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Return To: Employment Practices Liability Insurance (EPLI) – The Ultimate Guide

In recent years, the rise in employees filing lawsuits against their employers has been staggering. 

Most of these complaints were made against large corporations, but any company can come under fire from employees who feel that their rights have been violated. 

As such, smaller companies now feel the need to know more about these claims and how they can be avoided. 

Here, we’ll discuss what EPLI is, along with various examples and how they can be best handled. 

What Is EPLI?

EPLI stands for Employment Practices Liability Insurance and is a type of insurance related to management liability that covers an employers’ defense losses and costs due to employment claims. 

This kind of insurance covers a vast range of claims — from sexual harassment, wrongful termination, failure to promote or employ, and more.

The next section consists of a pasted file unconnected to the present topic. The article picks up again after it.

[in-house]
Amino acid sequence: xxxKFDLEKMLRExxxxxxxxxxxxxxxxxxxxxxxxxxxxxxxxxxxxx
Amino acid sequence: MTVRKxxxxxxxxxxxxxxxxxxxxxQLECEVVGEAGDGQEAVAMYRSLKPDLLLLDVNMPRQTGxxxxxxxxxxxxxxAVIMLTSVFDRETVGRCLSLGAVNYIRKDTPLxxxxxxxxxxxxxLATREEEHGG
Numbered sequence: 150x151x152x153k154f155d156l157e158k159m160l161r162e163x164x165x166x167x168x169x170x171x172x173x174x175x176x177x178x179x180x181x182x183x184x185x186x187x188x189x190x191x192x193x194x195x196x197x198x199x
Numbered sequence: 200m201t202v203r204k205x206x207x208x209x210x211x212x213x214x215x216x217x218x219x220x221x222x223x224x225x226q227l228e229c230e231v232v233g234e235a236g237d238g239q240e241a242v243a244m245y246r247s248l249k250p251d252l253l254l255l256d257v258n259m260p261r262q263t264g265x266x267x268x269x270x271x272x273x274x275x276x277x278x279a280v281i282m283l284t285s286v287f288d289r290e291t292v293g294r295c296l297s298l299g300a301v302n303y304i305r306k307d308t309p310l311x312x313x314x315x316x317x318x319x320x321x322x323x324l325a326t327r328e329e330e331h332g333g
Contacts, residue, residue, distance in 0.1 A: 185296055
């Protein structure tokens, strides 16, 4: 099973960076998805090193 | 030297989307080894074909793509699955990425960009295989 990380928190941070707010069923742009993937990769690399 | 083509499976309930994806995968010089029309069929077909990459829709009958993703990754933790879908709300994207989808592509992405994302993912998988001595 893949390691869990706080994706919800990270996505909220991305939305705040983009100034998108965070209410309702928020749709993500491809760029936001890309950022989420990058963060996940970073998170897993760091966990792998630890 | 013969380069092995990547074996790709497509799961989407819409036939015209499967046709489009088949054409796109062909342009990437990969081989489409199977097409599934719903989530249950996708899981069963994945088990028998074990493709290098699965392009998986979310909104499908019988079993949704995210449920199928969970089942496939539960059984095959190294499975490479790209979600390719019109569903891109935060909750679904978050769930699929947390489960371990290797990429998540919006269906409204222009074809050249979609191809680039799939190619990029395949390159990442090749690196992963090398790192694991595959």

Below are some of the most common claims that employers face in their respective industries. 

Examples of EPLI Claims:

EPLI Claim TypeNumber Of ClaimsPercentage
National Origin7,1064.91%
Equal Pay Act1,0660.74%
Genetic Information2200.15%
Total EPLI Claims 2018144,657
2018 EPLI Claims Statistics – Per EEOC

When do EPLI claims rise? There can be several answers to this question. Typically, employment-related claims increase when cases of the following are found: 


This kind of case revolves around an employee who shouts discrimination or harassment, claiming that because they wanted their voice heard regarding these behaviors, they were punished. 

A retaliation claim is often linked to a cut in the employee’s pay or a demotion resulting from having their opinion known. The employer might have made this decision if they didn’t want a work situation to become public.  


Harassment claims refer to a wide range of workplace harassment, with sexual harassment being the most common. In the last few years, claims for this have significantly increased, and many are due to unwelcome sexual advances.